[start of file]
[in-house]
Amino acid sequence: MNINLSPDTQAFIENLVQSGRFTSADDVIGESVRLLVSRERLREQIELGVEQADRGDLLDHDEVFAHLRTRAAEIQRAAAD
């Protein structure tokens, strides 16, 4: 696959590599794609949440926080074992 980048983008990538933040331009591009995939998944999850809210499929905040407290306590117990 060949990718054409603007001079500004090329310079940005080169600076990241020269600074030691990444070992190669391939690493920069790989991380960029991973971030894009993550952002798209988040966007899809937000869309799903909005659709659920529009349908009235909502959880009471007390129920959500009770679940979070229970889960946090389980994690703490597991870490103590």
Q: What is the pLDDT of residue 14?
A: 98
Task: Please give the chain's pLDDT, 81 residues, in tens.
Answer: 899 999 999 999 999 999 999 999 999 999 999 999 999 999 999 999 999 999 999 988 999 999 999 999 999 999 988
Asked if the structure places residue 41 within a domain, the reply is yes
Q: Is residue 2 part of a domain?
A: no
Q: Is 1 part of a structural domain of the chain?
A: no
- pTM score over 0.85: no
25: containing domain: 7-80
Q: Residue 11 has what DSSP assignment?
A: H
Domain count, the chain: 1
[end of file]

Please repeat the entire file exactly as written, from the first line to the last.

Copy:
[in-house]
Amino acid sequence: MNINLSPDTQAFIENLVQSGRFTSADDVIGESVRLLVSRERLREQIELGVEQADRGDLLDHDEVFAHLRTRAAEIQRAAAD
């Protein structure tokens, strides 16, 4: 696959590599794609949440926080074992 980048983008990538933040331009591009995939998944999850809210499929905040407290306590117990 060949990718054409603007001079500004090329310079940005080169600076990241020269600074030691990444070992190669391939690493920069790989991380960029991973971030894009993550952002798209988040966007899809937000869309799903909005659709659920529009349908009235909502959880009471007390129920959500009770679940979070229970889960946090389980994690703490597991870490103590």
Q: What is the pLDDT of residue 14?
A: 98
Task: Please give the chain's pLDDT, 81 residues, in tens.
Answer: 899 999 999 999 999 999 999 999 999 999 999 999 999 999 999 999 999 999 999 988 999 999 999 999 999 999 988
Asked if the structure places residue 41 within a domain, the reply is yes
Q: Is residue 2 part of a domain?
A: no
Q: Is 1 part of a structural domain of the chain?
A: no
- pTM score over 0.85: no
25: containing domain: 7-80
Q: Residue 11 has what DSSP assignment?
A: H
Domain count, the chain: 1